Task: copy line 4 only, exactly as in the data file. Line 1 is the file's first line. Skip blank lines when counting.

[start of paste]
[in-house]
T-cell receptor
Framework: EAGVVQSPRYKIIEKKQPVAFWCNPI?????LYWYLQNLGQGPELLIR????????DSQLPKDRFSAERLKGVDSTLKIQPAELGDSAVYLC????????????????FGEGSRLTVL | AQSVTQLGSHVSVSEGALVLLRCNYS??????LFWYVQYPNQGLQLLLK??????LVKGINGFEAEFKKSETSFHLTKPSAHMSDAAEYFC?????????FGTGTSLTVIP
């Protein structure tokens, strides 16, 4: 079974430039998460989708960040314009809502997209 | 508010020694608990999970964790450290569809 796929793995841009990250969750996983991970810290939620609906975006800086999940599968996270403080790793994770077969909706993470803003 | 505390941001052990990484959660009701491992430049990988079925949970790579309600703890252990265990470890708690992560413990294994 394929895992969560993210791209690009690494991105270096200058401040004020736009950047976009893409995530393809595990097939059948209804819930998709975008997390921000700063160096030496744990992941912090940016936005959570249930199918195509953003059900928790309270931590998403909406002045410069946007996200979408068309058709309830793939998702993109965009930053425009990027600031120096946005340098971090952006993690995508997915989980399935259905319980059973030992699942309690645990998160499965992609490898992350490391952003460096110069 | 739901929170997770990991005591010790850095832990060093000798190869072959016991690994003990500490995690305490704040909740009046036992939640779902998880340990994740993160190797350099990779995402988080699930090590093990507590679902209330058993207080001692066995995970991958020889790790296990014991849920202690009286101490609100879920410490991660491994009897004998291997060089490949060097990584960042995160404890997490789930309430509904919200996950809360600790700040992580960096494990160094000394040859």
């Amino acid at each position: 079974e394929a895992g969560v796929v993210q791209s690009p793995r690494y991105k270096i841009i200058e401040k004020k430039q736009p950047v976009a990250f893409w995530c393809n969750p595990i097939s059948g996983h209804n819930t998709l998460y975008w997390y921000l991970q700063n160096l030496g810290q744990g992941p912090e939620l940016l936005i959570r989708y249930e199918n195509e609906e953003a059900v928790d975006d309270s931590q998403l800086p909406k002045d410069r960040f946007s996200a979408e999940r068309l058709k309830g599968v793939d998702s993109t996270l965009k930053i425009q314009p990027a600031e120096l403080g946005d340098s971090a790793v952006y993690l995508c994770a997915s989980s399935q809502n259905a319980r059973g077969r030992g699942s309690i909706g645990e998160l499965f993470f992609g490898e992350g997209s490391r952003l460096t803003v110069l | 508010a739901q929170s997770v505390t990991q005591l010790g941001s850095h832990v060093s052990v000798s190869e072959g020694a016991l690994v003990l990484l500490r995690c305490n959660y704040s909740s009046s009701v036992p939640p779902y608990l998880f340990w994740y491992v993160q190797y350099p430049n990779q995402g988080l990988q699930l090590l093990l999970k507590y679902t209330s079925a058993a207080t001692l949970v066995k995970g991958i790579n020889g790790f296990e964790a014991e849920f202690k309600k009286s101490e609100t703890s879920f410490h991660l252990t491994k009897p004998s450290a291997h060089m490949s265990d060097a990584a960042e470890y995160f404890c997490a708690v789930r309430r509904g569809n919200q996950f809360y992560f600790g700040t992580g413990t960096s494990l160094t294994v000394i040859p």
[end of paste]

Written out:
């Protein structure tokens, strides 16, 4: 079974430039998460989708960040314009809502997209 | 508010020694608990999970964790450290569809 796929793995841009990250969750996983991970810290939620609906975006800086999940599968996270403080790793994770077969909706993470803003 | 505390941001052990990484959660009701491992430049990988079925949970790579309600703890252990265990470890708690992560413990294994 394929895992969560993210791209690009690494991105270096200058401040004020736009950047976009893409995530393809595990097939059948209804819930998709975008997390921000700063160096030496744990992941912090940016936005959570249930199918195509953003059900928790309270931590998403909406002045410069946007996200979408068309058709309830793939998702993109965009930053425009990027600031120096946005340098971090952006993690995508997915989980399935259905319980059973030992699942309690645990998160499965992609490898992350490391952003460096110069 | 739901929170997770990991005591010790850095832990060093000798190869072959016991690994003990500490995690305490704040909740009046036992939640779902998880340990994740993160190797350099990779995402988080699930090590093990507590679902209330058993207080001692066995995970991958020889790790296990014991849920202690009286101490609100879920410490991660491994009897004998291997060089490949060097990584960042995160404890997490789930309430509904919200996950809360600790700040992580960096494990160094000394040859």